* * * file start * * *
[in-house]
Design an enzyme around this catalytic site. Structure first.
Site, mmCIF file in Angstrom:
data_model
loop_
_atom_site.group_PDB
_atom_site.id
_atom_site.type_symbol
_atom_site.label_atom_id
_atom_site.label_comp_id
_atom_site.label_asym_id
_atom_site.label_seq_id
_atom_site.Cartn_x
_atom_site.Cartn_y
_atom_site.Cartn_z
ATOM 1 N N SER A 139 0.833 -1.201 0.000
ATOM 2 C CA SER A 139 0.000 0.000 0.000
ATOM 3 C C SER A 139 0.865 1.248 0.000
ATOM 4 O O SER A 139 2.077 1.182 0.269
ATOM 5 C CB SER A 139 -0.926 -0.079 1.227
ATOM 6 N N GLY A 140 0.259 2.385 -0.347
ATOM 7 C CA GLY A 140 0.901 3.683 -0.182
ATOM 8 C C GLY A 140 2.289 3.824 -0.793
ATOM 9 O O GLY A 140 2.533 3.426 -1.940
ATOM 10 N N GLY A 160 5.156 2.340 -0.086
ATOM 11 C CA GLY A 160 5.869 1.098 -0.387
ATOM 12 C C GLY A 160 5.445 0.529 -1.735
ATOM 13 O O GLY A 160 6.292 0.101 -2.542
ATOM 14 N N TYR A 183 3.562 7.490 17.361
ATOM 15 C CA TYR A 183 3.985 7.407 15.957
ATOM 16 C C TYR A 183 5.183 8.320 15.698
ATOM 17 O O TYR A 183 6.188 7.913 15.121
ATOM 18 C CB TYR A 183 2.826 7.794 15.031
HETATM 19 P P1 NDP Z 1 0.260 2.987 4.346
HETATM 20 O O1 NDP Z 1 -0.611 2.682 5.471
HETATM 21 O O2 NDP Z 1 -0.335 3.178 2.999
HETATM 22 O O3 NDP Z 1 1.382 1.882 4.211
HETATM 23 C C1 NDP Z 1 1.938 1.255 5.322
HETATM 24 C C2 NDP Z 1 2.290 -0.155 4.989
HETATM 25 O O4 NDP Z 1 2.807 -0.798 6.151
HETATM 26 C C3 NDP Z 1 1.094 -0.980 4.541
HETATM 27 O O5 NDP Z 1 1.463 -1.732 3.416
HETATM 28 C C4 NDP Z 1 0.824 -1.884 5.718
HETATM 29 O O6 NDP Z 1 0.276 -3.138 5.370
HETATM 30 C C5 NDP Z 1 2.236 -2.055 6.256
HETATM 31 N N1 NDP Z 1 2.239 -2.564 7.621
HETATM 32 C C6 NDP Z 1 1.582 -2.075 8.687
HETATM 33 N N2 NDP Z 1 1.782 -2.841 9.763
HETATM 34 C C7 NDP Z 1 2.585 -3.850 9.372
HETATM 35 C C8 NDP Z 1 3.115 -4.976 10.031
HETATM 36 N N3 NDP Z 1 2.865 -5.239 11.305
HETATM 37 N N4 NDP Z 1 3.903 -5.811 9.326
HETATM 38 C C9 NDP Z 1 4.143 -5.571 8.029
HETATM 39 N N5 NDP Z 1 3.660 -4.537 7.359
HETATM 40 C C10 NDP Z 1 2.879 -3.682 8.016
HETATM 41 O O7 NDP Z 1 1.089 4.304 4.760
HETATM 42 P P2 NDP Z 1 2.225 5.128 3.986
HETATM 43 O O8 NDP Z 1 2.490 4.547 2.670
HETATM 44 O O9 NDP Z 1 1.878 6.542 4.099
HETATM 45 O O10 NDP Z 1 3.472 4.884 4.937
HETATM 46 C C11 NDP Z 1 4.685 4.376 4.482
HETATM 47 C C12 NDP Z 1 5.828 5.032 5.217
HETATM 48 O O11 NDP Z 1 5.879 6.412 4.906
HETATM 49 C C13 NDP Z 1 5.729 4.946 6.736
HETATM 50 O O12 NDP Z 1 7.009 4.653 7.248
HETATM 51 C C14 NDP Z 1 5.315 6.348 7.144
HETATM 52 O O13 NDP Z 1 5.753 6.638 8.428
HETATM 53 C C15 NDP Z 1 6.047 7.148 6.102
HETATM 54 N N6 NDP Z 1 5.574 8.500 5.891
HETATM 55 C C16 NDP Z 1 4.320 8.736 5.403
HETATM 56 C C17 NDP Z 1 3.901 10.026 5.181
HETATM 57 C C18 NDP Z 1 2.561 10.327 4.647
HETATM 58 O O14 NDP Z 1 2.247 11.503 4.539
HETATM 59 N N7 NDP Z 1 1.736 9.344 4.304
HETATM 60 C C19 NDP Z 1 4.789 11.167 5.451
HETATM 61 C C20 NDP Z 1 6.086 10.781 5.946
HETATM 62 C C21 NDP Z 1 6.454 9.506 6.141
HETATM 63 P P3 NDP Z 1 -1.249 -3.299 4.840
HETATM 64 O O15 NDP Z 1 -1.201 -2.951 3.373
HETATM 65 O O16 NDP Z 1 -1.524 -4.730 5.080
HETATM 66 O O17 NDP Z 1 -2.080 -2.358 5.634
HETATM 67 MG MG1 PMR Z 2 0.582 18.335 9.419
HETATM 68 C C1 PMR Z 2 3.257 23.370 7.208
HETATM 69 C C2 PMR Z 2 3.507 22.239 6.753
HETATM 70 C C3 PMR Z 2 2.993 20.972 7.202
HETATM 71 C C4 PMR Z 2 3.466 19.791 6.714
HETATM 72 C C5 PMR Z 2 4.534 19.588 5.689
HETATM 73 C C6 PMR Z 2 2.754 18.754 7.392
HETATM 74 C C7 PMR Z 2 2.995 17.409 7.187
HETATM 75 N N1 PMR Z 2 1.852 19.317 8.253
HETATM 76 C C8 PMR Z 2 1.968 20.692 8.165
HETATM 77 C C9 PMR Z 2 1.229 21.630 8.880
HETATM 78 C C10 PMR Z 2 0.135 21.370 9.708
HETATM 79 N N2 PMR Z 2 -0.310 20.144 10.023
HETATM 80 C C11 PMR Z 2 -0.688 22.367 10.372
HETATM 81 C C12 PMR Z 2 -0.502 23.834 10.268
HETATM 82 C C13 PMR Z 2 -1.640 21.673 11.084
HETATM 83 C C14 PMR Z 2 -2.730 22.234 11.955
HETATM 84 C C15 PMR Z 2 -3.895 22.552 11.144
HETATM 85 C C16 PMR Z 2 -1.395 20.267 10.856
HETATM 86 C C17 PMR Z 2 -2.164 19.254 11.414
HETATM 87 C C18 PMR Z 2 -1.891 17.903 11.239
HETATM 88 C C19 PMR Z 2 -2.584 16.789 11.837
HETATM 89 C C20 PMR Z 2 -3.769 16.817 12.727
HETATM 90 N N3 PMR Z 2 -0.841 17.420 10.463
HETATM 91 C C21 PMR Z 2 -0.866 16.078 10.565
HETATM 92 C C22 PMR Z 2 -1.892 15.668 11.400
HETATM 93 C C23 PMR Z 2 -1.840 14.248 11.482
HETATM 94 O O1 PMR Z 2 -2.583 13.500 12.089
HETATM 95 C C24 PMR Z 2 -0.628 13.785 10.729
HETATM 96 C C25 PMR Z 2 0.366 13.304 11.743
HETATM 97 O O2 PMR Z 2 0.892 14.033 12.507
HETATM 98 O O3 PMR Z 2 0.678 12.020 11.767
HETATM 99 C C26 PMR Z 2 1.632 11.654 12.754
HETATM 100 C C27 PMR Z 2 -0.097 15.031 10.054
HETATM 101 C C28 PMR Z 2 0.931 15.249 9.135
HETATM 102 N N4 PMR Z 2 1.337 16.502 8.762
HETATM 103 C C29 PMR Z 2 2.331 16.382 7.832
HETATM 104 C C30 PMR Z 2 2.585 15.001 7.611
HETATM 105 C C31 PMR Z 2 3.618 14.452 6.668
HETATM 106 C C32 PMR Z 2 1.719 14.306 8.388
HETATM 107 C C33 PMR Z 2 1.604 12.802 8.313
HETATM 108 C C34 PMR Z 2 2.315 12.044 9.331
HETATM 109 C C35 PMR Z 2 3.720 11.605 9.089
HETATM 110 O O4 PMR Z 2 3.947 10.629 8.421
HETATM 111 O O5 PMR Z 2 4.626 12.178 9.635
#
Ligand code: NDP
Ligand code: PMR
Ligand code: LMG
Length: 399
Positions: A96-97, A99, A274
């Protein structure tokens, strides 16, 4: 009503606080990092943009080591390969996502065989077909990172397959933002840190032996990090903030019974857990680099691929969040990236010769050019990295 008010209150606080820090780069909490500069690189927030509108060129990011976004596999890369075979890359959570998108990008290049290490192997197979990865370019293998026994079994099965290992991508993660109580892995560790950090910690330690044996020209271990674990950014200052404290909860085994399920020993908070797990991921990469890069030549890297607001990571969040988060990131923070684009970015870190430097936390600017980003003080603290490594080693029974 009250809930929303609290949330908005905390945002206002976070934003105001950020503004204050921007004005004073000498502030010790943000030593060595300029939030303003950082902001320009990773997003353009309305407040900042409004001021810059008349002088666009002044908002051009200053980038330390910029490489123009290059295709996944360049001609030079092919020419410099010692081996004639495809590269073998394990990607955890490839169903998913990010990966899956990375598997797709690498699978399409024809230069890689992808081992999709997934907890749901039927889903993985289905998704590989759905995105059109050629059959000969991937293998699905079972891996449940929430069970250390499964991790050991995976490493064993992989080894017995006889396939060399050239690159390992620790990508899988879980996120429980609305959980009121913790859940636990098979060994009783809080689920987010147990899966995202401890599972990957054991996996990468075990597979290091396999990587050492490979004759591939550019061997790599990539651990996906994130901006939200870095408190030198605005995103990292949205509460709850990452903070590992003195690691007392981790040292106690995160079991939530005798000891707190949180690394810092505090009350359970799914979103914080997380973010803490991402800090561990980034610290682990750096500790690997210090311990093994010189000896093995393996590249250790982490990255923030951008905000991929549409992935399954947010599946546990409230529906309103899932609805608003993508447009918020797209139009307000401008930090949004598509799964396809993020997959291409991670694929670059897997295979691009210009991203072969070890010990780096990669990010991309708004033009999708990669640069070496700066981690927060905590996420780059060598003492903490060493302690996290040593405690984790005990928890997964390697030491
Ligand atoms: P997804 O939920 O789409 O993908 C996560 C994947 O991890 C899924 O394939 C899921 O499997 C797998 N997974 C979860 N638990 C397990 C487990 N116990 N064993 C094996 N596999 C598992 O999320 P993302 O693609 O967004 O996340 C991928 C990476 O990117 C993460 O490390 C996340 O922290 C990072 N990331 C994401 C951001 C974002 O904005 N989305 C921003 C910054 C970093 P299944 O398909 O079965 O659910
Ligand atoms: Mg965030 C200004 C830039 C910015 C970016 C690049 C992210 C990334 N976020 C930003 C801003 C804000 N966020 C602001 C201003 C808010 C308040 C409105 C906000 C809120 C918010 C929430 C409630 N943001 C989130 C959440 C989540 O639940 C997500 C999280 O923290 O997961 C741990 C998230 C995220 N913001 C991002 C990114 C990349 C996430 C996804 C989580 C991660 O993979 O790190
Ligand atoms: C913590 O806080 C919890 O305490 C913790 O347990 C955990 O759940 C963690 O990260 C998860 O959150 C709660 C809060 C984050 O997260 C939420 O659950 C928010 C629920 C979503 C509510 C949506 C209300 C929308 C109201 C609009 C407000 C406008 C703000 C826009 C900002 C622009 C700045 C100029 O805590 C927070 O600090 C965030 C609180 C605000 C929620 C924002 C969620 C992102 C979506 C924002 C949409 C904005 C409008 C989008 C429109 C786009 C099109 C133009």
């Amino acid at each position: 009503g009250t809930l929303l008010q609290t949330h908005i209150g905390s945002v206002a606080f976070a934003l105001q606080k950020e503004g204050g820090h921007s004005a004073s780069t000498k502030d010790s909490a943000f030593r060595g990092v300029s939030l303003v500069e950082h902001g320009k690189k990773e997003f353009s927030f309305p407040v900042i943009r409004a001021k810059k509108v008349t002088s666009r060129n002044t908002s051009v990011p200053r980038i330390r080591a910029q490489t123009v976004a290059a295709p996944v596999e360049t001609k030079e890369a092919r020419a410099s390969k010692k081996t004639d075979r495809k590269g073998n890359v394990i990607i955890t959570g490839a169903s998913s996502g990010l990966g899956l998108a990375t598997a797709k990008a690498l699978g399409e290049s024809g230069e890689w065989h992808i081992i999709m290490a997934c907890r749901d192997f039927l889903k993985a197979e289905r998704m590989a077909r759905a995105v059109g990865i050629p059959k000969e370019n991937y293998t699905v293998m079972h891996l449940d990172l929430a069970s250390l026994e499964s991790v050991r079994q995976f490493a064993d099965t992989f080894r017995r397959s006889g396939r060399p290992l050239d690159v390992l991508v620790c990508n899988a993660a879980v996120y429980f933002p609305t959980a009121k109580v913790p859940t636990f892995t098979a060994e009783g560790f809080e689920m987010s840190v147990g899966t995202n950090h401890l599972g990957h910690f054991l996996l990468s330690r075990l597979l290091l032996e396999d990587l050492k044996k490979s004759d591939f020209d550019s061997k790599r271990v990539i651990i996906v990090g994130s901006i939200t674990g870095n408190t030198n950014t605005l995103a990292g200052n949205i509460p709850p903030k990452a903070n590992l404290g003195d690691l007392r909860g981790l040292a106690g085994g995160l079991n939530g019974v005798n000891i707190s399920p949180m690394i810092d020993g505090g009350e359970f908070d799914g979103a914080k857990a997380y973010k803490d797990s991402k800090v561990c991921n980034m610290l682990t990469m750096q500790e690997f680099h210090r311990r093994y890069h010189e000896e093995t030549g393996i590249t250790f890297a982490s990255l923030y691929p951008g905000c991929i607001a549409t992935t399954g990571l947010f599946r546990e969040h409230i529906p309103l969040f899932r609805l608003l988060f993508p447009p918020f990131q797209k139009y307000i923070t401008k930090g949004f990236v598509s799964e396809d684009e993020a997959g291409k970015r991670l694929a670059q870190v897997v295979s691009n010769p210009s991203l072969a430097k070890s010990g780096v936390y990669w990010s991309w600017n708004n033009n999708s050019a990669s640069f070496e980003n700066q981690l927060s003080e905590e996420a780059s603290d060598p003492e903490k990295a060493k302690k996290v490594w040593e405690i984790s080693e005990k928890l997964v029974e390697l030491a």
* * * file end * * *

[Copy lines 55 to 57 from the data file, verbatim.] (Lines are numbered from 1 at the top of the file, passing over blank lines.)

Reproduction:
HETATM 40 C C10 NDP Z 1 2.879 -3.682 8.016
HETATM 41 O O7 NDP Z 1 1.089 4.304 4.760
HETATM 42 P P2 NDP Z 1 2.225 5.128 3.986